Photograph courtesy of Erica Burrows.
Born: 1892, Ipswich.
Died: 25th December 1916; age 24; KiA.
Residence: 6, Bulwer Road, Ipswich.
Employed: as a Checker on the Great Eastern Railway. Entered the company on the 5th November 1908.
Enlistment Location: Ipswich.
Rank: Rifleman; Service Number: C/1315
Regiment: King’s Royal Rifle Corps, 17th Battalion (British Empire League).
Following training, Frederick landed at Le Havre France with the 17th Battalion, on the 8th of March 1916. Being wounded on the 20th August 1916 in the preparation for the attack on Ancre Heights.
Medals Awarded: Victory & British War.
Relatives Notified & Address: Son of Henry T.G. & Rebekah Scoffield, of 6, Bulwer Road, Ipswich.
Image from 1917 Suffolk Chronicle & Mercury newspaper
1901 45, Dillwyn Road, Ipswich.
Frederick was 8 years old and living with his parents & siblings.
Henry Thomas Gardiner Scoffield, 41, a Postman, born St. Matthew’s, Ipswich.
Rebekah Scoffield (nee Jeffery), 38, born Stowmarket, Suffolk.
Edith Rebecca Scoffield, 13, born Ipswich.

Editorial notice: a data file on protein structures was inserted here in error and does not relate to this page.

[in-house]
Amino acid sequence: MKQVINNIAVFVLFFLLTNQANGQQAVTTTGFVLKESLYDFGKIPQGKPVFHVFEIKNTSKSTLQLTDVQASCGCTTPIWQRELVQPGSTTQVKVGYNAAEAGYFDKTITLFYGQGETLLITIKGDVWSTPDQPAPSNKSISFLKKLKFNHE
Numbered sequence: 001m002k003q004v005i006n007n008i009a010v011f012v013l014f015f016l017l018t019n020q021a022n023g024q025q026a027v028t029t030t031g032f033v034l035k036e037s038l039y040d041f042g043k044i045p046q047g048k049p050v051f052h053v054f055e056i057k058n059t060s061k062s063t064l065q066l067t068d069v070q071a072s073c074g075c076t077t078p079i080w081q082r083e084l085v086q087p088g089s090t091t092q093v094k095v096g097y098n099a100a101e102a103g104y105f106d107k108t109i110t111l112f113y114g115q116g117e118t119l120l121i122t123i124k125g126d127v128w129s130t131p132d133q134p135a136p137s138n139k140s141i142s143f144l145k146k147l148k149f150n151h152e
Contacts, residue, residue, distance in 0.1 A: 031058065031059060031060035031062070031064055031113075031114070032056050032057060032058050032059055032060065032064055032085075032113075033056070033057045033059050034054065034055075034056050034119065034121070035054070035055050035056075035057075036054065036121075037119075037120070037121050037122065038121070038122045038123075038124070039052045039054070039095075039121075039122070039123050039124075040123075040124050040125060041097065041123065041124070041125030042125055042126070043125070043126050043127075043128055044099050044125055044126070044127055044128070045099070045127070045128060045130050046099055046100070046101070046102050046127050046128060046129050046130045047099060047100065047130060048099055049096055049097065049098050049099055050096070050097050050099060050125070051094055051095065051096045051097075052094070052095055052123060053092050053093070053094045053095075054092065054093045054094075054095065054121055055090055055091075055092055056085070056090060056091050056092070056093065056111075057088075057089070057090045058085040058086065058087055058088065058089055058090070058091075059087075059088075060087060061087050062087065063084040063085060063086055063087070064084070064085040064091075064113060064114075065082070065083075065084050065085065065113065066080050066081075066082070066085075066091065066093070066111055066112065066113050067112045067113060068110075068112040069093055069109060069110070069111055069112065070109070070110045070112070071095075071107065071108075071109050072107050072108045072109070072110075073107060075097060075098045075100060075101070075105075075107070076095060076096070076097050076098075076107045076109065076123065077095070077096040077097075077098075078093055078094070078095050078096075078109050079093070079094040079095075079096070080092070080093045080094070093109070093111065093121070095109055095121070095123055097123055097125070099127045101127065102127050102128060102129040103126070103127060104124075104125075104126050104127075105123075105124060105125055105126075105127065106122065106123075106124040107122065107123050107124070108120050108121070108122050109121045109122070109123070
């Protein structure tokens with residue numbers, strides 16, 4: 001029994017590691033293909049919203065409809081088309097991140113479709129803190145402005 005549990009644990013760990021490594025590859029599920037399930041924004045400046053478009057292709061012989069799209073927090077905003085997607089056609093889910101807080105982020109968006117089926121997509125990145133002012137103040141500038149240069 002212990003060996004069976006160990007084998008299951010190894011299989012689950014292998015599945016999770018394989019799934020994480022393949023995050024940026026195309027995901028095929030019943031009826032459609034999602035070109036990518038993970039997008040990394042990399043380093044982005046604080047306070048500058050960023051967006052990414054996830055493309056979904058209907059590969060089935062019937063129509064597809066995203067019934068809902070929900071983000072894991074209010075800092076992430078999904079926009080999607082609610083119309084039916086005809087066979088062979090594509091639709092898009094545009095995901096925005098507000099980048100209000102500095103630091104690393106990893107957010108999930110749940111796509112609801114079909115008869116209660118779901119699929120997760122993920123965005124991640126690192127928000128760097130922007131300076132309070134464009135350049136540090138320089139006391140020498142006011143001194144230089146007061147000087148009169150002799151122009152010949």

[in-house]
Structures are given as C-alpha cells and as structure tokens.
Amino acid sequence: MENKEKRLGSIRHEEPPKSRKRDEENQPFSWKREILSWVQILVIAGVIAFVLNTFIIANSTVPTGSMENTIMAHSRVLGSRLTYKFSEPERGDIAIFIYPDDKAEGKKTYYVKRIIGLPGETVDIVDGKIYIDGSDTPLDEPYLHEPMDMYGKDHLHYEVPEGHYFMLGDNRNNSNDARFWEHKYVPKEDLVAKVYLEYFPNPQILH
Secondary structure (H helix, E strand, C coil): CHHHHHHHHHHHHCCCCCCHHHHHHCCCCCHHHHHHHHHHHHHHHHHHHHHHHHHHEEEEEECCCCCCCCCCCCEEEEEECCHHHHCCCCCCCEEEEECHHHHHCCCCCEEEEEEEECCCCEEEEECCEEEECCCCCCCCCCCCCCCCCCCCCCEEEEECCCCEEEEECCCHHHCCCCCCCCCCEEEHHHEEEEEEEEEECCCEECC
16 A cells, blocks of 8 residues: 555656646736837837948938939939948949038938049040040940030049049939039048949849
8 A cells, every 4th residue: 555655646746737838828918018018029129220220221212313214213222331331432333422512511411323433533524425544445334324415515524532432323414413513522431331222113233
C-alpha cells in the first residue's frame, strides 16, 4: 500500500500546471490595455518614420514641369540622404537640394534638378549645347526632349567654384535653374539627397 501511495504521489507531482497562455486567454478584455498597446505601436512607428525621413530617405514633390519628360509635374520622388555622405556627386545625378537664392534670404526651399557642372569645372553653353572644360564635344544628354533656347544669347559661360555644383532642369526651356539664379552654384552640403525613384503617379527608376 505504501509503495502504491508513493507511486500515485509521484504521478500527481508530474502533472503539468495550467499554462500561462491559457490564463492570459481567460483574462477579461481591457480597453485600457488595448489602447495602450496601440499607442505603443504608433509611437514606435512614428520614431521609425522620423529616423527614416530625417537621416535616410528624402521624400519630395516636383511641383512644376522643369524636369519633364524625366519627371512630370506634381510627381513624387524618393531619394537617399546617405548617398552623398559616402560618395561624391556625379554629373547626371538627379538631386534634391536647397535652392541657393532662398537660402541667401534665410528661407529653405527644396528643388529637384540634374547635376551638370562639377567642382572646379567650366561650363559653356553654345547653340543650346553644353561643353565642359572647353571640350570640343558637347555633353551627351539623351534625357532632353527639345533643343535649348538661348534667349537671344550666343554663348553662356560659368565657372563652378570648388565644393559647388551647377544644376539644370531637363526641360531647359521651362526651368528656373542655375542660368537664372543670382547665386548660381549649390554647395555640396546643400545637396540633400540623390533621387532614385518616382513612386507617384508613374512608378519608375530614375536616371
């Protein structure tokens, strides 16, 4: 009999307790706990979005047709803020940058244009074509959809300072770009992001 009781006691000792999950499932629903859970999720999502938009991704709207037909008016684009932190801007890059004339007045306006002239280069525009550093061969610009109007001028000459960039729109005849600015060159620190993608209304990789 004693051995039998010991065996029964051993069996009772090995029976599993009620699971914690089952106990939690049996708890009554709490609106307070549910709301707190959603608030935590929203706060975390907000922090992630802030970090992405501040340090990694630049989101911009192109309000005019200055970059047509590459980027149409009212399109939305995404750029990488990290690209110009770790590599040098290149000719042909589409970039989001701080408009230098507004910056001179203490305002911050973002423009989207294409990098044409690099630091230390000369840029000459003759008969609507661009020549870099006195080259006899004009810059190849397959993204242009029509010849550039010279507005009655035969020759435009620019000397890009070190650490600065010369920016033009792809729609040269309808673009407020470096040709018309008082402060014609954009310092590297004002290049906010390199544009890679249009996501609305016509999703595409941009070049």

Ethel May Scoffield, 10, born Ipswich.
Arthur William Scoffield, 6, born Ipswich.
Ernest Edward Scoffield, 1, born Ipswich.
1911 6, Bulwer Road, Ipswich.
Frederick was 18 years old, a Railway Porter. he was living with his parents & brothers.
Henry, 51, a Postman – G.P.O.
Alfred Sidney Scoffield, 7, born Ipswich.
In 1909, Frederick helped to move the 16ft 10ins Somalian giraffe from Ipswich Railway Station to the Ipswich Museum, in High Street.
Soldiers’ Effects to Rebekah Scoffield – mother.
Mr. Arthur Scoffield at his 100th birthday party. Arthur a D-Day veteran of the Royal Engineers bomb disposal team cleared Juno beach while under fire allowing the 3rd Canadians to take Juno sector and push on into Normandy. Arthurs’s uncle died in 1916 on Christmas Day and is commemorated on the Ipswich War Memorial. Arthur produced one of his treasured items, a cigarette case from his uncle which had been sent home with his personal effects after it had been collected from his body.
Margaret – My husband and I used to take battlefield tours to Belgium and always laid crosses on the graves of the men who all died on that day at Essex farm and they were always referred to as the Christmas Day boys. It wasn’t until on one occasion we looked in the book to see where these boys came from to find one was from Ipswich which made it more poignant from our point of view as we were from Suffolk and the fact he was in the Kings Royal Rifle Corps hadn’t made us think that he was a local man.